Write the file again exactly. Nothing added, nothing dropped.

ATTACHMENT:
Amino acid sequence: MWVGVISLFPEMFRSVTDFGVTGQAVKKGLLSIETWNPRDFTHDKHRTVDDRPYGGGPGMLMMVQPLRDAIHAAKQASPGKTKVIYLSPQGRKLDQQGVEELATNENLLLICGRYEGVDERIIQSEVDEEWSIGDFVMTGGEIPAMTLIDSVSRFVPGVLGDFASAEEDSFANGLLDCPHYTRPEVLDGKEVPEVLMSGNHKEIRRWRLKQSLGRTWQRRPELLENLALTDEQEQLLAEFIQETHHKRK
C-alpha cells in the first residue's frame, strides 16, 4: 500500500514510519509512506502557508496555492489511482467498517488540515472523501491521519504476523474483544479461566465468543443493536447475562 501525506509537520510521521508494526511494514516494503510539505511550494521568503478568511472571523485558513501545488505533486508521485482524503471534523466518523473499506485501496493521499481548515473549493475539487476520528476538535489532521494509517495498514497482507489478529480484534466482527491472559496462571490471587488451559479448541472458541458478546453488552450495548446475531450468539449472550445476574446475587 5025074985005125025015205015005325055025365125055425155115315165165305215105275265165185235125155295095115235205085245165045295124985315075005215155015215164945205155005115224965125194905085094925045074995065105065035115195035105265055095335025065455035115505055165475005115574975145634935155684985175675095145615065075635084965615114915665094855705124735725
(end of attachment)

Amino acid sequence: MWVGVISLFPEMFRSVTDFGVTGQAVKKGLLSIETWNPRDFTHDKHRTVDDRPYGGGPGMLMMVQPLRDAIHAAKQASPGKTKVIYLSPQGRKLDQQGVEELATNENLLLICGRYEGVDERIIQSEVDEEWSIGDFVMTGGEIPAMTLIDSVSRFVPGVLGDFASAEEDSFANGLLDCPHYTRPEVLDGKEVPEVLMSGNHKEIRRWRLKQSLGRTWQRRPELLENLALTDEQEQLLAEFIQETHHKRK
C-alpha cells in the first residue's frame, strides 16, 4: 500500500514510519509512506502557508496555492489511482467498517488540515472523501491521519504476523474483544479461566465468543443493536447475562 501525506509537520510521521508494526511494514516494503510539505511550494521568503478568511472571523485558513501545488505533486508521485482524503471534523466518523473499506485501496493521499481548515473549493475539487476520528476538535489532521494509517495498514497482507489478529480484534466482527491472559496462571490471587488451559479448541472458541458478546453488552450495548446475531450468539449472550445476574446475587 5025074985005125025015205015005325055025365125055425155115315165165305215105275265165185235125155295095115235205085245165045295124985315075005215155015215164945205155005115224965125194905085094925045074995065105065035115195035105265055095335025065455035115505055165475005115574975145634935155684985175675095145615065075635084965615114915665094855705124735725